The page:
Governor Cuomo’s State of the State address tackled issues related to dangerous driving, including tougher new laws for DWI and driving while texting. Advocates believe targeted investment is necessary, along with these stiffer penalties, to help turn around the state’s troubling safety statistics.

“While tackling drunk and distracted driving is laudable, speeding cars pose a significant threat to lives throughout the state. Funding to help pay for simple and inexpensive improvements to the road network will reduce speeding and save lives statewide,” stated Veronica Vanterpool, Executive Director of the Tri-State Transportation Campaign.

In December, Senator Kennedy outlined new legislation to expand the state’s Complete Streets law at the busy and often dangerous intersection of Union Road and Maryvale Drive in the Town of Cheektowaga. Kennedy’s bill will refine and expand the scope of the law to ensure more infrastructure projects include complete-streets design features. Current law only requires complete-streets compliance when the state undertakes a major road construction or reconstruction project. Under Kennedy’s legislation, complete-streets requirements would be extended to resurfacing, maintenance and road preservation projects on state roads – which tend to be the majority of DOT’s road projects, especially under its Preservation First policy.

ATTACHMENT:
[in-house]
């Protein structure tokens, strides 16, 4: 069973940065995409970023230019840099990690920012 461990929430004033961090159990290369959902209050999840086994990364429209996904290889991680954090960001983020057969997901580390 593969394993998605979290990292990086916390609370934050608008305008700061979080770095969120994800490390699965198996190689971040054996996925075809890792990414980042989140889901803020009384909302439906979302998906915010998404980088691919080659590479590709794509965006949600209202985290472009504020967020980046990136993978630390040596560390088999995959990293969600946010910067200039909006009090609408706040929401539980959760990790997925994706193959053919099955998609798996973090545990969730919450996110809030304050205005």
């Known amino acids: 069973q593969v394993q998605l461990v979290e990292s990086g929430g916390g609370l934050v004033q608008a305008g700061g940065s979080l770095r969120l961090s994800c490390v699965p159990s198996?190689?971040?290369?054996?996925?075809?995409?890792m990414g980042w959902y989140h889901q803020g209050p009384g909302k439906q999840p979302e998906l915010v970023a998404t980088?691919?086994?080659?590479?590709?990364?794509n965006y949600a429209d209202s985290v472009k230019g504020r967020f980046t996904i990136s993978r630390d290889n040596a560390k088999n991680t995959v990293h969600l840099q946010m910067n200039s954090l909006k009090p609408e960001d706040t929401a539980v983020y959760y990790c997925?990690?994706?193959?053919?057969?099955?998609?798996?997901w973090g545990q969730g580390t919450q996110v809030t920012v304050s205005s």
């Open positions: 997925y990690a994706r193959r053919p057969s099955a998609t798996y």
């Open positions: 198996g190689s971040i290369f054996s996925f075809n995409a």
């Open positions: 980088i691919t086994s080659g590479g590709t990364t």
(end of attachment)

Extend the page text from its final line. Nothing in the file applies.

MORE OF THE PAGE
NY4AT is a coalition of nonprofits and local governments dedicated to ensuring that all New Yorkers have access to safe opportunities for bicycling and walking in the state’s cities, villages, and towns through the development of sidewalks, bike lanes, Complete Streets and multi-use trails. The coalition is coordinated by the New York Bicycling Coalition, Parks & Trails New York, and Tri-State Transportation Campaign.

Senator Timothy M. Kennedy represents the New York State Senate’s 63rd District, which is comprised of the town of Cheektowaga, the city of Lackawanna and nearly all of the city of Buffalo. More information is available at